The Solo Diner

I’ve written before about traveling solo and how invigorating (and, I think, necessary) it is. But what about going solo in the city where you live?

I am a classic introvert. I like people and I like seeing friends, but it exhausts me. Unless something major is happening, I try to stick to about one “thing” with people each weekend. This weekend I’m meeting a friend for a film and dinner and next week I’m going to a happy hour party for a friend’s new job. The rest of the time, I have “me” time.

During the majority of the week, I’m surrounded by people and my time is not really my own. But on weekends I tend to wander around on my own, and I like it that way. I can pick the films I want to see, the coffee shops where I hang out and read and the restaurants where I eat.

I celebrated my raise with a solo dinner at Oyamel. Probably once every other month or so I go to The Coupe and sit and have a meal at the bar. Ted’s Bulletin on 14th? Great solo bar breakfasts. I also did a Restaurant Week lunch last weekend at The Source. It’s just what I do, and it’s great.

I never got the point of being embarrassed or scared of doing things alone. I think it might be a combination of my introversion and being an only child. I’ve always been self-sufficient and have never relied on finding other people to do things with. Do I like going out with friends, yes. Am I mentally exhausted after, also yes. I’d miss out on a lot of experiences, things I want to do, if I only ever did them when I could coordinate with other people.

So make that solo dinner reservation without fear. Just maybe bring a book.

Advertisements

Please don’t be That Guy on Yelp

According to my Yelp profile, I am on my second year of being Elite in the Washington, D.C., area. I like Yelp because it combines two of my favorite things: writing and dining out. While I use Yelp mainly for fun and to keep track of where I’ve been, I understand that it carries weight in many places.

I always write my reviews in good faith, and I’ve written them for a number of popular D.C.-area restaurants (including Rasika, Graffiato, Jaleo and Founding Farmers), as well as places in Kansas City, Boston, the UK and Paris. I try to write them as soon as possible after my experience, so the information is fresh and accurate.

Attempting to leverage my so-called Elite status to get additional swag, whether it be perks, better service or freebies, has never crossed my mind. For one thing, I can’t imagine the inflated sense of self-worth necessary to do that. For another, I’m still a journalist who believes, like any good professional critic, that a review is only worthwhile if you’re treated like everyone else. For a third, I’m not a scummy human being.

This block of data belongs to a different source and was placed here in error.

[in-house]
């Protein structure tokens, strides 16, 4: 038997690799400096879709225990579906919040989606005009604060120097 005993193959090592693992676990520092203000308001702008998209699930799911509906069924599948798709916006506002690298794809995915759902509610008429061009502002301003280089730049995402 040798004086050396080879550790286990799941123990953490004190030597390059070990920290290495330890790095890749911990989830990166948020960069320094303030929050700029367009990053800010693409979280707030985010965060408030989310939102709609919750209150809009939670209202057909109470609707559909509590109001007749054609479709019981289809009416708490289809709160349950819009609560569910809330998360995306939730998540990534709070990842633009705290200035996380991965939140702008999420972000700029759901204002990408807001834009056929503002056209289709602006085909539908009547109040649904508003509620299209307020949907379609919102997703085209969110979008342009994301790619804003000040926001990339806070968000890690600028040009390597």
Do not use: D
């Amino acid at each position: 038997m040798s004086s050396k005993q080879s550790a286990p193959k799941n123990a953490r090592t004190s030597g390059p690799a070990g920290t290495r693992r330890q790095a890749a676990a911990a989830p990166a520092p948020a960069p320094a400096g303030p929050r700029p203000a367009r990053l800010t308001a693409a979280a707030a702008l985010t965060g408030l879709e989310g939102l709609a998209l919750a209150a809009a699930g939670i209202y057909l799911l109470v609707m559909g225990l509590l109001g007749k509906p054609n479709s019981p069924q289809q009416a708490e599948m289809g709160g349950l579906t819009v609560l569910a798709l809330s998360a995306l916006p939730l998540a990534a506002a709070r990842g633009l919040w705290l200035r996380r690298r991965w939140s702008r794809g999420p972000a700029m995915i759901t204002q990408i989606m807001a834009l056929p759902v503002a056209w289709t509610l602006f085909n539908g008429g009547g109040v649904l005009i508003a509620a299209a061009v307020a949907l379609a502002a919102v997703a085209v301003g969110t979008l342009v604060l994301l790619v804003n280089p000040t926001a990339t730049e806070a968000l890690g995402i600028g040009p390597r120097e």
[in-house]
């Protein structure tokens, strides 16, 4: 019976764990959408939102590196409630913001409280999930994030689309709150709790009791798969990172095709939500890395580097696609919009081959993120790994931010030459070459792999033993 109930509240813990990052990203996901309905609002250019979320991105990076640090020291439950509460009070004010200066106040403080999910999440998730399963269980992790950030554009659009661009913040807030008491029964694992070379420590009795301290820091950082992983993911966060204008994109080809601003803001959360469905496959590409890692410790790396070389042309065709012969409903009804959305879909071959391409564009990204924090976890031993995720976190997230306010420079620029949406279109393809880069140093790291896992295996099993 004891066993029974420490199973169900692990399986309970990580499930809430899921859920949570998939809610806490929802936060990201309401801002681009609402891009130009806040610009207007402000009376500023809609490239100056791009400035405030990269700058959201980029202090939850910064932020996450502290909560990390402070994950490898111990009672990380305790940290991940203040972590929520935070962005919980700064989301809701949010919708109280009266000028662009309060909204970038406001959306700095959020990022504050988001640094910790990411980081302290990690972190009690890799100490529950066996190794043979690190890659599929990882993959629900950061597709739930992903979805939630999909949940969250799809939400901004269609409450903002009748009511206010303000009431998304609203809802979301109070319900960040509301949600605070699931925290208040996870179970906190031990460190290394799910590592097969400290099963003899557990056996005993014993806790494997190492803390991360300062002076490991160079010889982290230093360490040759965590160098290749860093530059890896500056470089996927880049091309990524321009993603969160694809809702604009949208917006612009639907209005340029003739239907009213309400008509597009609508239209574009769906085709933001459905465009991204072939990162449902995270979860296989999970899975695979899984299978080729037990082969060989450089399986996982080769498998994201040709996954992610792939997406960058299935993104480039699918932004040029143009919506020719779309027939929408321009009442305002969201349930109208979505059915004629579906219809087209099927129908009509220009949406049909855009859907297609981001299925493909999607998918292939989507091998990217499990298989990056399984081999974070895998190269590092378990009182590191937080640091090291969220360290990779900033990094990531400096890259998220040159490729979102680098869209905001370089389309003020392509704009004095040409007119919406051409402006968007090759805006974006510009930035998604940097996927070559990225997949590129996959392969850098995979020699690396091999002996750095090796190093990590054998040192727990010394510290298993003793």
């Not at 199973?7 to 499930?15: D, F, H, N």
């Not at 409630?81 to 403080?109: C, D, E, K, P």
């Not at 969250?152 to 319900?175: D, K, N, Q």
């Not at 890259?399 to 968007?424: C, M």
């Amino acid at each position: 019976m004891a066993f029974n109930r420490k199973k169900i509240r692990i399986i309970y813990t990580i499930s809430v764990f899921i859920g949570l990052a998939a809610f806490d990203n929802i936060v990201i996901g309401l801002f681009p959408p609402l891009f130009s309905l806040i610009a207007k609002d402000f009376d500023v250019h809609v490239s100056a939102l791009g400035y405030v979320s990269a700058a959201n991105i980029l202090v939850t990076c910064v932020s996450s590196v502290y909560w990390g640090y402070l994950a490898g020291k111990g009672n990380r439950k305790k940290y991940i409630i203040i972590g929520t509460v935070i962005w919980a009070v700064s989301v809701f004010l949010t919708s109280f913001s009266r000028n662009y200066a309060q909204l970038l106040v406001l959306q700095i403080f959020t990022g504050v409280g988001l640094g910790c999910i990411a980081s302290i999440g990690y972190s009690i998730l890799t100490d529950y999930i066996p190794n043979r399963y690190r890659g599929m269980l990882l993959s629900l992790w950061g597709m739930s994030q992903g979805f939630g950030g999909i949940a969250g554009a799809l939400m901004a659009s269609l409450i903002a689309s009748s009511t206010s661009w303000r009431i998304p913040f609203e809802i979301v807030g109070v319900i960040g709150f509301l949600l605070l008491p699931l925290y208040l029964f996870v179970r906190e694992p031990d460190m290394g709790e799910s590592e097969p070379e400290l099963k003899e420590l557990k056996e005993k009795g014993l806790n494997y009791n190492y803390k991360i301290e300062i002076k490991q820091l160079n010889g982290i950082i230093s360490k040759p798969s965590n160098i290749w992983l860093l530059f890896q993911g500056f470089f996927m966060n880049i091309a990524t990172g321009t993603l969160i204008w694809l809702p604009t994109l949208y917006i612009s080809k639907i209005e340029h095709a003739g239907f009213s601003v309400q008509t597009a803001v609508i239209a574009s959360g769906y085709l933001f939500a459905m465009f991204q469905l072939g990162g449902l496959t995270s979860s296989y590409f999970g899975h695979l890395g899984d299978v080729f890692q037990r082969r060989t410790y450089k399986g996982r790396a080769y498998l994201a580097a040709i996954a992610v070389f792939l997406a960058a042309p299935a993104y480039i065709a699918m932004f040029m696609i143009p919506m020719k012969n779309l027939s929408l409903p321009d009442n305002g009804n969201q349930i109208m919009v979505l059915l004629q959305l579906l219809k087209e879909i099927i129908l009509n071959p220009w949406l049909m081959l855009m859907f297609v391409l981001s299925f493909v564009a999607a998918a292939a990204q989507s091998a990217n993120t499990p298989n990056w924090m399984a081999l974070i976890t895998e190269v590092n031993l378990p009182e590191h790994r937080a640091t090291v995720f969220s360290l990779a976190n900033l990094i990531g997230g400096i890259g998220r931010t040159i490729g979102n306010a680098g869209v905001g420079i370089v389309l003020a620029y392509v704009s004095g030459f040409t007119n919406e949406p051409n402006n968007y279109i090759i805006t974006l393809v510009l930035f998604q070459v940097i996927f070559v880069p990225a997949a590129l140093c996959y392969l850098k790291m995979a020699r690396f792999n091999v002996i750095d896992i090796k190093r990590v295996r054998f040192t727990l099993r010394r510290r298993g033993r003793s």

Jezebel today shared a story about a guy who’s setting up a business plan that revolves around, more or less, extorting businesses based on him being a reviewer for sites like Yelp and TripAdvisor. (The original Los Angeles Times stories is behind a paywall, sorry!) He’s distributing the “ReviewerCard,” the idea being that if you flash it and promise to give a good review, businesses will offer discounts, extras and the like. He brags about getting discounted hotel rates by promising to give a good review — the logical conclusion and underlying threat, real or not, being that if he doesn’t get preferential treatment, he’ll write a bad review. The actual quality of the business does not seem to play a role in his reviews; it’s what he can get out of it for himself.

After reading the story, I mostly hoped that Yelp would catch wind of it and disable his account. Professional critics take great pains to avoid being recognized or getting preferential treatment, because they want their experience to mirror that of a regular person’s as much as possible. The idea of New York Times or Washington Post writers telling the hostess that they’re critics, so that fromage plate better be on the house if you know what I mean, is unfathomable. What this guy is selling as “win-win” is really just him being greedy.

Enjoy sites like Yelp for what they are — something that is supposed to be fun, informative and social. Don’t be a tacky egotist who believes that being Elite entitles you to $25 off your bill or whatever.

Going out!